Creating what is now seen as its own subgenre (Hitchcockian), there is no doubt of the undeniable changes that the 53 films of Hitchcock’s, had on what we see in our cinemas today. From the plot twists to voyeuristic themes it is these any many more things that make Hitchcock’s films so distinctive.
His half a century career began with the short film The Great Day a now lost film which kicked started his cinematic reign in 1920. His career only sky-rocketed from here making him the director of his time. It was his unique directorial style that made him the trail blazing icon we still reference today. This was characterised by use of camera movement that mimicked a character’s gaze, truly immersing you in the world of the film. Along with innovative editing and shots that maximised fear and a deep anxiety that settled in the stomachs of his audience.
The manipulation of the audience to greater fears is exploited by Hitchcock
It is too simple to boil down his films to a few cinematic tools, however these were the defining motifs that appeared time and time again making him a household name. Not only do these appear repeatedly they also are enduring in modern cinema with many films now just mimicking the tools that Hitchcock invented. Some of the films you may know that do this are: Shutter Island (yes even the great Scorsese is inspired by Hitchcock). Or maybe Femme Fatale a film which plays on the same Voyeuristic qualities that Hitchcock was also obsessed by.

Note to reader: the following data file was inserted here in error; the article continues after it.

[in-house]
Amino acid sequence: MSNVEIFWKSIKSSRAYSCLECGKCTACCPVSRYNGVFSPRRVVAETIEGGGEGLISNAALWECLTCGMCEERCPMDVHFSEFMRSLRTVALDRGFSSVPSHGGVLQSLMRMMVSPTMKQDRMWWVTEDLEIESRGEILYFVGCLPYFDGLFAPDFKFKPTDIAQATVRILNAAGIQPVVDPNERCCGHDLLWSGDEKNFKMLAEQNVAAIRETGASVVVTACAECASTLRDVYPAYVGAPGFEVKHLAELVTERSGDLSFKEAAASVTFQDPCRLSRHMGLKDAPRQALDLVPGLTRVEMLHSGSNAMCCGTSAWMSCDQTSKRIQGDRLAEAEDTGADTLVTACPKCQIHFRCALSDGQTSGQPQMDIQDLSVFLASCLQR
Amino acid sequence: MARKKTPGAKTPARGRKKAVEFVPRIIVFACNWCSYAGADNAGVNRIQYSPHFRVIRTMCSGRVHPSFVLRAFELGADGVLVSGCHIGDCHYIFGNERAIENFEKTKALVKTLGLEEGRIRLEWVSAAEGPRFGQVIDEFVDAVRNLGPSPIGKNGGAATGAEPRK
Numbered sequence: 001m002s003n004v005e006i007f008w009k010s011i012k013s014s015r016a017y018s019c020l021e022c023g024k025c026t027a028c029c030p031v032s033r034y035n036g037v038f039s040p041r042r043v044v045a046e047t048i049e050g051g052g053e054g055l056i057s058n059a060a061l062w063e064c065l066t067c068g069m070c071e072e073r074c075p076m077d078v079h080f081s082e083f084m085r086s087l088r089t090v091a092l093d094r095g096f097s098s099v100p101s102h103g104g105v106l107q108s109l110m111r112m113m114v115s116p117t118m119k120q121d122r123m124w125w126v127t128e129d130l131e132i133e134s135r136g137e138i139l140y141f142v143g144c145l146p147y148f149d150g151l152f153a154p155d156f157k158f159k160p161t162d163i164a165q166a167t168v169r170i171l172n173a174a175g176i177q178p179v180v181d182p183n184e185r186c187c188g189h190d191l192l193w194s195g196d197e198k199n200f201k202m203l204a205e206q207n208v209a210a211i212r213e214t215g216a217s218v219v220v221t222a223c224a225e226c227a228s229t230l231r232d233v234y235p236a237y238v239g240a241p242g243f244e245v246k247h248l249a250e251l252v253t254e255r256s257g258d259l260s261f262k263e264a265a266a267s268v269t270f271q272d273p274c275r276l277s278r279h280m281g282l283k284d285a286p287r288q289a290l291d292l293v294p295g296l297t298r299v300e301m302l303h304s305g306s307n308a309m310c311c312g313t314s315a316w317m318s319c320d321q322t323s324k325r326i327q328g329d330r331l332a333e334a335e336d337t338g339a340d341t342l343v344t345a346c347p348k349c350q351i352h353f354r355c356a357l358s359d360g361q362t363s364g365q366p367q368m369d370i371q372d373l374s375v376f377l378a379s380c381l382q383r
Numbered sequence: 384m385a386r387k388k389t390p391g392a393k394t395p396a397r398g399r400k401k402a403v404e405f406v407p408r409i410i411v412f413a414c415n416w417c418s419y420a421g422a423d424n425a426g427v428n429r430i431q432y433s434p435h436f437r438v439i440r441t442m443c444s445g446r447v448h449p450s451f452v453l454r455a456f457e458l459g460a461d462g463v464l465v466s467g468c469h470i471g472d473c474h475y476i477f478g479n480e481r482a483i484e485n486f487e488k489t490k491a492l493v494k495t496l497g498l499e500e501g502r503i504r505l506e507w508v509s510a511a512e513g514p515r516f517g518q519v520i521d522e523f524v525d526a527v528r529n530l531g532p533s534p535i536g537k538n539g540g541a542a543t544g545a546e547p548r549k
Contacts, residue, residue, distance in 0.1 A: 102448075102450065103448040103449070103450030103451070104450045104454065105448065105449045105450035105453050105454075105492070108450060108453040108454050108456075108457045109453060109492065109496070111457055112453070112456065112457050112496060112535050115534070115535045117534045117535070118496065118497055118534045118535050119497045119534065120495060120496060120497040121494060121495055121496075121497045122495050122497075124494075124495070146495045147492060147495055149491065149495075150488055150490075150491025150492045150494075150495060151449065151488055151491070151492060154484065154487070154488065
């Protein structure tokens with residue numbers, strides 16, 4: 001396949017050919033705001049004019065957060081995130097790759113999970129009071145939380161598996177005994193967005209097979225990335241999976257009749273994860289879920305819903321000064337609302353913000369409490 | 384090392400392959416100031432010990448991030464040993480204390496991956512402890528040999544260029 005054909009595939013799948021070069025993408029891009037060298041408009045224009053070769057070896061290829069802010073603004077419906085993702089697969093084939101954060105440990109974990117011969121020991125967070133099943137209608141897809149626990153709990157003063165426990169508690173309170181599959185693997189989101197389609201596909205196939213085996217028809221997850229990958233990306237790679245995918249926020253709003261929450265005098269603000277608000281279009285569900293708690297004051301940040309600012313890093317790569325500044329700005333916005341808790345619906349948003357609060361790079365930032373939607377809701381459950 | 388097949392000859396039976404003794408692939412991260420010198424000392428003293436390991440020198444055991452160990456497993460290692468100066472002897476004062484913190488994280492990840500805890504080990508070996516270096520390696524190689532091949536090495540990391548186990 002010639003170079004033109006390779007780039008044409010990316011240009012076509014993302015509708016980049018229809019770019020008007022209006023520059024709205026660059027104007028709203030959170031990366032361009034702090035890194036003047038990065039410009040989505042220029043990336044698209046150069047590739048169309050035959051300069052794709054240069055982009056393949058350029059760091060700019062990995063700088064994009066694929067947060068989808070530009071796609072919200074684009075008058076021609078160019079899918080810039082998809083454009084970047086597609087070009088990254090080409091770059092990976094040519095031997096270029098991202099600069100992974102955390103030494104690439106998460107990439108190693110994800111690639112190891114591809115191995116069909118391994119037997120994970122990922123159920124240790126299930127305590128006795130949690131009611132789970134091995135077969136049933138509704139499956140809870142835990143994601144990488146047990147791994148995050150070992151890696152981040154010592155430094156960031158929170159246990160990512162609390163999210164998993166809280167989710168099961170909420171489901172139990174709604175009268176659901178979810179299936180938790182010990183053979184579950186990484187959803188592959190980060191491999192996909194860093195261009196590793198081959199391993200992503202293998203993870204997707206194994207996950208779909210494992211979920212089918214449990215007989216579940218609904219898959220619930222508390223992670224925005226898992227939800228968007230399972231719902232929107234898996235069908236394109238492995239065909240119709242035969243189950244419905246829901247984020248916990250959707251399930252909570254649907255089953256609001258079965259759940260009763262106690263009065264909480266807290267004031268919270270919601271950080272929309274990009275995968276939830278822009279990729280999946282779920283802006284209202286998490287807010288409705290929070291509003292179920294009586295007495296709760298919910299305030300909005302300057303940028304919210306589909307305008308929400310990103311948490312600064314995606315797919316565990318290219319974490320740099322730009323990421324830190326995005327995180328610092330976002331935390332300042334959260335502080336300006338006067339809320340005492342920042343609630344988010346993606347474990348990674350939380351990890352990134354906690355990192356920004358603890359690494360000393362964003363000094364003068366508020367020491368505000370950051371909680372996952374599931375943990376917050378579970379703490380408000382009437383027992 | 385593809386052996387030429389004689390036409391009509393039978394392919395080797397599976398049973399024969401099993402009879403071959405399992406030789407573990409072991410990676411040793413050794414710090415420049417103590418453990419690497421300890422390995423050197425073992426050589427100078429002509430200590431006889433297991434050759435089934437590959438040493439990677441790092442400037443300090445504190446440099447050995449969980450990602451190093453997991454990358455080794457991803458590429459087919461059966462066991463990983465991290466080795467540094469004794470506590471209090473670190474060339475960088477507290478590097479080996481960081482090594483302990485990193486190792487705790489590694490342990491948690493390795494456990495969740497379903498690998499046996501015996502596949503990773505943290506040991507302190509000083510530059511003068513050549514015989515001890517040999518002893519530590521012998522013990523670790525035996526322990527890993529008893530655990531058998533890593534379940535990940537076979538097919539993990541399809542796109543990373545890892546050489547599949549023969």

It’s not just within the cinematic world that Hitchcock is referenced; it’s by us too. Tell me you’ve never screeched and re-enacted that infamous shower scene from Psycho? Exactly. There are some cinematic moments we don’t forget whether we’ve seen the film or not.
Psycho is not however the only famous film that gained Hitchcock his acclaim. Throughout his career Hitchcock gained 5 Oscar nominations for Best Director, one of these for Rear Window. A wheelchair bound photographer uses his equipment to spy on his neighbours and as he increasingly gets concerned about one of them is a murderer, the tale accelerates and ties itself into tighter knots. The manipulation of the audience to greater fears is exploited in this film particularly and it’s a skill that hasn’t quite been seen in the same way since Hitchcock.
The pioneering director not only popularised visual motifs in cinema but also plot devices such as a ‘MacGuffin’ which were objects/device essential to the story, but otherwise irrelevant in life. This is seen in The Lord of the Rings (the ring) and Titanic (the necklace). These enduring ideas are used in films today all around the world including the first foreign language film to win Best Picture: Parasite, a gripping thriller saturated with Hitchcockian influence.
He has left a legacy to last an epoch and as Psycho runs up to its anniversary I only wish the man himself were he to see his lasting impact on the cinema we watch today. As we applaud the achievements he made it’s crucial to remember what he held dear in cinema. Pure emersion; he famously forbade and latecomers to enter Psycho. Next time you sit down to watch a film, truly watch it and enjoy only that, experience the full experience and take in every scene, image and word; for all you know the ideas you’re watching now may well have been taken from Hitchcock himself.